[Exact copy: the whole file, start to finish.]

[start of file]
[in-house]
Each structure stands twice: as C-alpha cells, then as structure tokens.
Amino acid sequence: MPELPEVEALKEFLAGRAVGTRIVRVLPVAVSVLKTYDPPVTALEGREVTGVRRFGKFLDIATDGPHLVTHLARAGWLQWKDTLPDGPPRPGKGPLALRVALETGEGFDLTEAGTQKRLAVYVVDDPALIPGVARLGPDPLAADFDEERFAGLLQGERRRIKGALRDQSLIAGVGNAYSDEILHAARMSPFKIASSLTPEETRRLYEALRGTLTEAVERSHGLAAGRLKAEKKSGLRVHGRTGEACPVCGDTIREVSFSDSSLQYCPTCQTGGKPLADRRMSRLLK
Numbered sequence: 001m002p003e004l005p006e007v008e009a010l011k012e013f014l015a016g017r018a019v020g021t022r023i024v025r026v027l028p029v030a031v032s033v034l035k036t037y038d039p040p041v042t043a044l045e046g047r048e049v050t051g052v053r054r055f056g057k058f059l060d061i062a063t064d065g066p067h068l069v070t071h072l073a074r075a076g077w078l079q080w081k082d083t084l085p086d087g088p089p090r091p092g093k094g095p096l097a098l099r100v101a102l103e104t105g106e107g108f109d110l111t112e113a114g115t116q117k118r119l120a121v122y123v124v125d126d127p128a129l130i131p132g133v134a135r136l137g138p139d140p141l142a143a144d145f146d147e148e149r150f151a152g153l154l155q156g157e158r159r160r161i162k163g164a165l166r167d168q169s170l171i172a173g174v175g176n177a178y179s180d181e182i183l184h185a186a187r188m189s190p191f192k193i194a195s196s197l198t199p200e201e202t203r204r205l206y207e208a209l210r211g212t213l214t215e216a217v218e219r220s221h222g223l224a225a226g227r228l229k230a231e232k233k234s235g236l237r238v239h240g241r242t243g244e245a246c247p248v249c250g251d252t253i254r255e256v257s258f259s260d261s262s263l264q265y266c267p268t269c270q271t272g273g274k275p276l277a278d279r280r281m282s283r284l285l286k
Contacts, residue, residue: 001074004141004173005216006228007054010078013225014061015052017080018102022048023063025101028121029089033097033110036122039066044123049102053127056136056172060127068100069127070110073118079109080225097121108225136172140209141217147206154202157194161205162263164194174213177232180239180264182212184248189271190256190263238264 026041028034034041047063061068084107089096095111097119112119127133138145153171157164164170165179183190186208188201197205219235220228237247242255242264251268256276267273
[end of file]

[in-house]
Each structure stands twice: as C-alpha cells, then as structure tokens.
Amino acid sequence: MPELPEVEALKEFLAGRAVGTRIVRVLPVAVSVLKTYDPPVTALEGREVTGVRRFGKFLDIATDGPHLVTHLARAGWLQWKDTLPDGPPRPGKGPLALRVALETGEGFDLTEAGTQKRLAVYVVDDPALIPGVARLGPDPLAADFDEERFAGLLQGERRRIKGALRDQSLIAGVGNAYSDEILHAARMSPFKIASSLTPEETRRLYEALRGTLTEAVERSHGLAAGRLKAEKKSGLRVHGRTGEACPVCGDTIREVSFSDSSLQYCPTCQTGGKPLADRRMSRLLK
Numbered sequence: 001m002p003e004l005p006e007v008e009a010l011k012e013f014l015a016g017r018a019v020g021t022r023i024v025r026v027l028p029v030a031v032s033v034l035k036t037y038d039p040p041v042t043a044l045e046g047r048e049v050t051g052v053r054r055f056g057k058f059l060d061i062a063t064d065g066p067h068l069v070t071h072l073a074r075a076g077w078l079q080w081k082d083t084l085p086d087g088p089p090r091p092g093k094g095p096l097a098l099r100v101a102l103e104t105g106e107g108f109d110l111t112e113a114g115t116q117k118r119l120a121v122y123v124v125d126d127p128a129l130i131p132g133v134a135r136l137g138p139d140p141l142a143a144d145f146d147e148e149r150f151a152g153l154l155q156g157e158r159r160r161i162k163g164a165l166r167d168q169s170l171i172a173g174v175g176n177a178y179s180d181e182i183l184h185a186a187r188m189s190p191f192k193i194a195s196s197l198t199p200e201e202t203r204r205l206y207e208a209l210r211g212t213l214t215e216a217v218e219r220s221h222g223l224a225a226g227r228l229k230a231e232k233k234s235g236l237r238v239h240g241r242t243g244e245a246c247p248v249c250g251d252t253i254r255e256v257s258f259s260d261s262s263l264q265y266c267p268t269c270q271t272g273g274k275p276l277a278d279r280r281m282s283r284l285l286k
Contacts, residue, residue: 001074004141004173005216006228007054010078013225014061015052017080018102022048023063025101028121029089033097033110036122039066044123049102053127056136056172060127068100069127070110073118079109080225097121108225136172140209141217147206154202157194161205162263164194174213177232180239180264182212184248189271190256190263238264 026041028034034041047063061068084107089096095111097119112119127133138145153171157164164170165179183190186208188201197205219235220228237247242255242264251268256276267273